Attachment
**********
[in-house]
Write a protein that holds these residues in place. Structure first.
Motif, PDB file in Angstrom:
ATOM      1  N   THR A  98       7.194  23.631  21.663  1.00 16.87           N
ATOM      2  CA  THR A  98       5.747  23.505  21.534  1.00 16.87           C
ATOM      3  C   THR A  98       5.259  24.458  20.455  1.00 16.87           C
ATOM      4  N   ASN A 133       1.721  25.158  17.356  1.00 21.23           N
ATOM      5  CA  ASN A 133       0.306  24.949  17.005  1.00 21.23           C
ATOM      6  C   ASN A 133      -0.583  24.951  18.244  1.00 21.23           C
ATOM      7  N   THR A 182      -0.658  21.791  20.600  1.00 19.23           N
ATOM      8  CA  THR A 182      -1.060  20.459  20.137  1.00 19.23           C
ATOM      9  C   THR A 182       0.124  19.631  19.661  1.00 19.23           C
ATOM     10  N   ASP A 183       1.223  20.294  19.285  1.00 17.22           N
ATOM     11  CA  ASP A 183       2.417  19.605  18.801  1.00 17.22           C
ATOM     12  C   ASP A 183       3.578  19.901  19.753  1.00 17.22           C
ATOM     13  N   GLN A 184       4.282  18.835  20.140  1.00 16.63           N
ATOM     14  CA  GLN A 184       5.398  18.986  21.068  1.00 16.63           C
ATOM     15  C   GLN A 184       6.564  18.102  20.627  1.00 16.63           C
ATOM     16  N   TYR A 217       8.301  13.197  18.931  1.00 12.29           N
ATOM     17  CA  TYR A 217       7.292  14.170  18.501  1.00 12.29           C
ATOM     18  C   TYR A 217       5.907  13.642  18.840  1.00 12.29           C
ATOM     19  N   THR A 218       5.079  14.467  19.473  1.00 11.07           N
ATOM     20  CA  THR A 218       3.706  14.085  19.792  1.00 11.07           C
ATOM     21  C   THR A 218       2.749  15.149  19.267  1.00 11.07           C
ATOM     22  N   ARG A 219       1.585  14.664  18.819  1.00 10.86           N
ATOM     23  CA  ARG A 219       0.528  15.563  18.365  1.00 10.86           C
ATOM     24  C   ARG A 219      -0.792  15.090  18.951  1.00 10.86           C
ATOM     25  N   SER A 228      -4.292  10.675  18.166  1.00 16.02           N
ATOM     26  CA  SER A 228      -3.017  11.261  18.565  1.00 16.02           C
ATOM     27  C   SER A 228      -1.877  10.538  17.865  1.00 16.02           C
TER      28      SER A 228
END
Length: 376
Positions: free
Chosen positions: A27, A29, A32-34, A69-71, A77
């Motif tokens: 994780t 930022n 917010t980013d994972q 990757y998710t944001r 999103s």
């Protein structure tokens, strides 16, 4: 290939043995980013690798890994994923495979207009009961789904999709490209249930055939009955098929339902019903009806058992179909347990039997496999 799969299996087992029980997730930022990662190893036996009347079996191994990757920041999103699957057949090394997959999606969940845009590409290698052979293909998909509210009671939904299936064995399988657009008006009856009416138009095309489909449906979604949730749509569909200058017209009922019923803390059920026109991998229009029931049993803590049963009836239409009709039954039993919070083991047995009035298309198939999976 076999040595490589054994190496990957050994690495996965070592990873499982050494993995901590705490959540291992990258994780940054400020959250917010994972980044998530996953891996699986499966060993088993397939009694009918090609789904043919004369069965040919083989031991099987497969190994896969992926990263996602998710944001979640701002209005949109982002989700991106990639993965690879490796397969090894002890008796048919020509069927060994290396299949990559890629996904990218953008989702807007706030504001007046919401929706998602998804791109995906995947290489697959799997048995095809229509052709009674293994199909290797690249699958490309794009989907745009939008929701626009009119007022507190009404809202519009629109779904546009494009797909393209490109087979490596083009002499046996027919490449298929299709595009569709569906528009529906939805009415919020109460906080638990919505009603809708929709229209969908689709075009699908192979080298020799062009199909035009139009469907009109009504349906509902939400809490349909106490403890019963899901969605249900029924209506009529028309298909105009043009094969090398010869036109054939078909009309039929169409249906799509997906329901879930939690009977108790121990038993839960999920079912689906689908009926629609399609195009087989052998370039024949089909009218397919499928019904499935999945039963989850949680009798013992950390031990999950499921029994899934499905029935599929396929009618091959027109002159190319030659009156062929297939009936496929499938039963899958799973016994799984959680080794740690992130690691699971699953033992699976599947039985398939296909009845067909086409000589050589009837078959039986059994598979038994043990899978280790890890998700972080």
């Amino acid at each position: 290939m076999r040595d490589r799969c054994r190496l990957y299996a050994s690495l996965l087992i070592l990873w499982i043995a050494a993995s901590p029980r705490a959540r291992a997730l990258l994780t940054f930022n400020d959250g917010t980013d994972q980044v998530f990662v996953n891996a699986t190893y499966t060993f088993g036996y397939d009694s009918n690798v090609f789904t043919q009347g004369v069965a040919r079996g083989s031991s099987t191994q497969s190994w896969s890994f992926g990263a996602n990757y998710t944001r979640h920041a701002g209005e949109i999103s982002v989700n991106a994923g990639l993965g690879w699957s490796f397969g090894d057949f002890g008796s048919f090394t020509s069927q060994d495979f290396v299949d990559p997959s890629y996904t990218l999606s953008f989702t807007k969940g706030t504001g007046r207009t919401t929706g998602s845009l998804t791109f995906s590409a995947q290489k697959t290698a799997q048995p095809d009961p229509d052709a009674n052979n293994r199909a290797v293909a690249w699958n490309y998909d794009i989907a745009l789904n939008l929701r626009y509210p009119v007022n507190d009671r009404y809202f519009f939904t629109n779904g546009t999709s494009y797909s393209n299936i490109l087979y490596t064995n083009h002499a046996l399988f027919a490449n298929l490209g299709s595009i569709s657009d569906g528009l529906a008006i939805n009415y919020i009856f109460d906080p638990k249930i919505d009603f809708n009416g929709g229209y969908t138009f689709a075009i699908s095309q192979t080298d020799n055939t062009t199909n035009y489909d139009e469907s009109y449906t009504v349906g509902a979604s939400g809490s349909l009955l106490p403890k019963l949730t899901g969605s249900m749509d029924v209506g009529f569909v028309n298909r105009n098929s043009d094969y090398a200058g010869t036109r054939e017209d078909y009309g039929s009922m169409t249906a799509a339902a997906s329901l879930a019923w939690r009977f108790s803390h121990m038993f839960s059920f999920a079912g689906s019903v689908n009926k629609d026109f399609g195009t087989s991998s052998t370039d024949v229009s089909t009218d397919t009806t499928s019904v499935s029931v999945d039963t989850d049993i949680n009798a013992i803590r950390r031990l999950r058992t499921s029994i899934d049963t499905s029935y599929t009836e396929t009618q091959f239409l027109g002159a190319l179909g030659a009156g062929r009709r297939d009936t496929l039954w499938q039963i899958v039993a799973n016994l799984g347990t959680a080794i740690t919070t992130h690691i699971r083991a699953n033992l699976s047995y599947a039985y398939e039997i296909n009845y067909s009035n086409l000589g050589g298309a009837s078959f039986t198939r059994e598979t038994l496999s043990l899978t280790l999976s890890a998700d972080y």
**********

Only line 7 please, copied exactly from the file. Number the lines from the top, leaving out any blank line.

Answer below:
ATOM      4  N   ASN A 133       1.721  25.158  17.356  1.00 21.23           N